In short, managers deal with people, and they’re job is to find, focus and keep good employees. However, if managers aren’t leaders then what exactly are they? Managers are mediators. They attend to the needs of both the company and the employee, and address the interests of both. They ensure the workplace atmosphere is conducive not only to hitting the desired economic targets, but also to making each team member feel productive and essential.
In negotiating both sides, managers try to find a point of convergence – the point at which business demands and employees are brought together productively. In this sense, managers can be seen as “catalysts.” Like a catalyst in chemistry, the manager facilitates a reaction between two discrete elements, which (although involving just the two parties) nevertheless requires an additional something to get the process started.
As you can see, the key to a successful business lies in successful mediation, bringing the needs of the employee and the needs of the company into alignment. In this regard, managers play the central role, by finding, focusing and keeping good employees.
Each person has a unique and unchanging set of behaviours which can be considered talents.
Although all great managers have their own individual styles of management, there is one central maxim they all share - every person is unique. They have a unique way of thinking and relating to the world, and are motivated in ways specific to them.
In fact, studies show that during the first 15 years of a person’s life, the brain’s synaptic connections are carved in a highly individual way, and that after that age people are not capable of changing much mentally.
Furthermore, everyone’s unique nature includes talents and “non-talents.”, says Clifton. Talents should not be considered special abilities possessed only by gifted people. For instance, the word “talent” should not be used to describe Mozart or Einstein, says Clifton. A talent, rather, means every recurring pattern of thought, feeling or behaviour that can be productively applied. For example, some people are naturally outgoing, and would therefore make perfect sales reps.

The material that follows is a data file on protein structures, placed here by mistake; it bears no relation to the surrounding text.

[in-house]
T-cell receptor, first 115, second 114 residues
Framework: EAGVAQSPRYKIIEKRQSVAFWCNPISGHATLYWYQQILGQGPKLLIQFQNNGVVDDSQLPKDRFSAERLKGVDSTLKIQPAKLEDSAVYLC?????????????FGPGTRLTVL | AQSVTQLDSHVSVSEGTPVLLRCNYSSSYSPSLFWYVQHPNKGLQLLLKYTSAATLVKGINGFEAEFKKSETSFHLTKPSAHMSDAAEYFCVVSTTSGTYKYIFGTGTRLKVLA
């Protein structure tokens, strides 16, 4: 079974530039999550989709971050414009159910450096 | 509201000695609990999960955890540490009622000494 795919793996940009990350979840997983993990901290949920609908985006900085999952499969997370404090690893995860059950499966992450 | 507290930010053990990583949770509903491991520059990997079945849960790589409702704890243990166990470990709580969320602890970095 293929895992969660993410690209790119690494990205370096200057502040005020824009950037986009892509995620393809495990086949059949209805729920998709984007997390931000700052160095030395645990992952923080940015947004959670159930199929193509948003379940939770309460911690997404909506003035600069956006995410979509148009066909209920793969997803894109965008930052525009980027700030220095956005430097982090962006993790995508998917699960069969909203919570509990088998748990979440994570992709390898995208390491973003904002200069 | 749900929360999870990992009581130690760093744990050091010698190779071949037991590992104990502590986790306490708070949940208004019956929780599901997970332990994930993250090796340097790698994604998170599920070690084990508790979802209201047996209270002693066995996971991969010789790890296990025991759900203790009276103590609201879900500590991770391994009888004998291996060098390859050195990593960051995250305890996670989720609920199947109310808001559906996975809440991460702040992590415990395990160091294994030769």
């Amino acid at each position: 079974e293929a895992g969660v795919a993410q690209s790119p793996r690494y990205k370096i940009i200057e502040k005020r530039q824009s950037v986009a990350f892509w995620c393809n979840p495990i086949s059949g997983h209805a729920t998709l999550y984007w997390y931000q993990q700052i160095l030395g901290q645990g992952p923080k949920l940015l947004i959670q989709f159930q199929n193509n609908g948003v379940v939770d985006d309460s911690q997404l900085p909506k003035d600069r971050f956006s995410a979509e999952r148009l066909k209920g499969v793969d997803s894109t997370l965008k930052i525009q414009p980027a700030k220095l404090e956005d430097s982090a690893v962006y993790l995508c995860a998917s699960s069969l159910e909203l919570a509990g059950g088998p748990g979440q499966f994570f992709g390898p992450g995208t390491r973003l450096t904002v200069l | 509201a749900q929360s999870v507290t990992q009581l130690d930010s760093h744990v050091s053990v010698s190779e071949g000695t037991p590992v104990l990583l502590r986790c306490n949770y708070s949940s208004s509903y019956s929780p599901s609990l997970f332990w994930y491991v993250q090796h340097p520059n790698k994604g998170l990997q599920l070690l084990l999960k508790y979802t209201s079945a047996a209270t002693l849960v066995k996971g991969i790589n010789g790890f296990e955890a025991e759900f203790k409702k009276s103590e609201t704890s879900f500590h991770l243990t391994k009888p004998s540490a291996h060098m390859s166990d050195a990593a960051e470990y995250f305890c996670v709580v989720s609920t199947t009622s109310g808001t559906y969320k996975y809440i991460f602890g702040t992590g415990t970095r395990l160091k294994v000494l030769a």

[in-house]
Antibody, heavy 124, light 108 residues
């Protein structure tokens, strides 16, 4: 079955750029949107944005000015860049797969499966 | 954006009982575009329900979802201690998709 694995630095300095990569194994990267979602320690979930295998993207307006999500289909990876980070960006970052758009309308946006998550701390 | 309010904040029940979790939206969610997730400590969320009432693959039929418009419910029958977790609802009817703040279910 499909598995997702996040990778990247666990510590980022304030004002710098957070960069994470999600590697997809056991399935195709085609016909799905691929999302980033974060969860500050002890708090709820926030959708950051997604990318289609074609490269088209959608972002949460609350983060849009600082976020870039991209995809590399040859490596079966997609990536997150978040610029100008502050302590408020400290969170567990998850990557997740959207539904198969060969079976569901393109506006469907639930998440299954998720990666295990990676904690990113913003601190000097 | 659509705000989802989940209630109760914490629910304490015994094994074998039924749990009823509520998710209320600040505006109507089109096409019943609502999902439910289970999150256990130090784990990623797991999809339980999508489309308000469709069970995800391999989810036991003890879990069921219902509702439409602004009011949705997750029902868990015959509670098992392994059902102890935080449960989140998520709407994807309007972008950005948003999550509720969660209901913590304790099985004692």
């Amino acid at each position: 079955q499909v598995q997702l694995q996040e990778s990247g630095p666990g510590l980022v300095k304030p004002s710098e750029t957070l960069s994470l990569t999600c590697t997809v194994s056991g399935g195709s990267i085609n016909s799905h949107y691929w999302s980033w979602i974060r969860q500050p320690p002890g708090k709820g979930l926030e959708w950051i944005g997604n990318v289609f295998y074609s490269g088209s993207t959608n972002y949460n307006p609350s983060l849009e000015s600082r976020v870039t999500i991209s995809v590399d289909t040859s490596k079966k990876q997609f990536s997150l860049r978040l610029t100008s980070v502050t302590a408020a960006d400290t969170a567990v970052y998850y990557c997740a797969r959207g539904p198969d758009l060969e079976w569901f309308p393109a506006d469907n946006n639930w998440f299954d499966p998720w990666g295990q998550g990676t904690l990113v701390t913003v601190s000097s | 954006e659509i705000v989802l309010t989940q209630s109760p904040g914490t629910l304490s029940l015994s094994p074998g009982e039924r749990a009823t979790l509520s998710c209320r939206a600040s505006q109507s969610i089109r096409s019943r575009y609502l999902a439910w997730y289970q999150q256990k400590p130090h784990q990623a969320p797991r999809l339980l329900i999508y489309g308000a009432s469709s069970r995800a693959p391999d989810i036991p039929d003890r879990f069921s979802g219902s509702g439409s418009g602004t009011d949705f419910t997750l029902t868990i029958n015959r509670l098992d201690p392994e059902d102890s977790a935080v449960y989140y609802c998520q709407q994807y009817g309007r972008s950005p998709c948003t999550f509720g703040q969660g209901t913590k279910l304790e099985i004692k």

But people also have “non-talents” – the lack of such a recurring pattern. Some people are unbelievably messy, yet not being able to keep a clean desk doesn’t mean that such people won’t meet their deadlines.
There are three types of talents; striving, thinking and relating. Striving talents define a person’s motivation – such as competitiveness. Such people are motivated by the goal of being better than others. Thinking talents define how someone approaches any mental work. Some have the talent of being focused, while others are able to leave options open.
Finally, relating talents define communication habits; some people have the talent of confronting people, others of avoiding confrontation. In a work environment, the first kind of person might cause friction, whereas the latter will contribute to a pleasant working atmosphere. For instance, she might be the kind of person who brings homemade cake to the office.
Contrary to popular belief, people cannot become everything they want to be. However, each person has a distinct set of talents – a fact all great managers know and make the most of.
To create a high-performing workplace, managers must consider each employee’s unique talents.
The fact that each person has his or her unique and unchangeable set of behaviours means that, for managers, this must be translated into management guidelines. This is because each employee’s unique nature plays a crucial role in their individual job performance.